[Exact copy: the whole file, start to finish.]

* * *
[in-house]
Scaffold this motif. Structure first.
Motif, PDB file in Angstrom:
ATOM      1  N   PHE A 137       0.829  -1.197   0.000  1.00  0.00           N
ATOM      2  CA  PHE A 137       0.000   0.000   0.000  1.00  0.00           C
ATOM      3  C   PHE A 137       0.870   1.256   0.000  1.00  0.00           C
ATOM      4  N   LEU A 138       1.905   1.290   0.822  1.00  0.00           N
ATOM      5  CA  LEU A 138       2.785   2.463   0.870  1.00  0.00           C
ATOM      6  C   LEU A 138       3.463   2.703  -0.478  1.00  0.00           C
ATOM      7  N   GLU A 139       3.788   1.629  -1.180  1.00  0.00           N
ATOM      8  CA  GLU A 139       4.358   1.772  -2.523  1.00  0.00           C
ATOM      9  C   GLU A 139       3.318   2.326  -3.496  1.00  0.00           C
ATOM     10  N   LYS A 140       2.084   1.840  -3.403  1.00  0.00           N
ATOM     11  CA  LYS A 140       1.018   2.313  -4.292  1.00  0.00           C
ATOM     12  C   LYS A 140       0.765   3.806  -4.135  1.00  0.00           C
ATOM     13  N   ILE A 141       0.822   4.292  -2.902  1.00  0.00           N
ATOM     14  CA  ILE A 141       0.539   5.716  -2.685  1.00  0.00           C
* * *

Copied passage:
[in-house]
Scaffold this motif. Structure first.
Motif, PDB file in Angstrom:
ATOM      1  N   PHE A 137       0.829  -1.197   0.000  1.00  0.00           N
ATOM      2  CA  PHE A 137       0.000   0.000   0.000  1.00  0.00           C
ATOM      3  C   PHE A 137       0.870   1.256   0.000  1.00  0.00           C
ATOM      4  N   LEU A 138       1.905   1.290   0.822  1.00  0.00           N
ATOM      5  CA  LEU A 138       2.785   2.463   0.870  1.00  0.00           C
ATOM      6  C   LEU A 138       3.463   2.703  -0.478  1.00  0.00           C
ATOM      7  N   GLU A 139       3.788   1.629  -1.180  1.00  0.00           N
ATOM      8  CA  GLU A 139       4.358   1.772  -2.523  1.00  0.00           C
ATOM      9  C   GLU A 139       3.318   2.326  -3.496  1.00  0.00           C
ATOM     10  N   LYS A 140       2.084   1.840  -3.403  1.00  0.00           N
ATOM     11  CA  LYS A 140       1.018   2.313  -4.292  1.00  0.00           C
ATOM     12  C   LYS A 140       0.765   3.806  -4.135  1.00  0.00           C
ATOM     13  N   ILE A 141       0.822   4.292  -2.902  1.00  0.00           N
ATOM     14  CA  ILE A 141       0.539   5.716  -2.685  1.00  0.00           C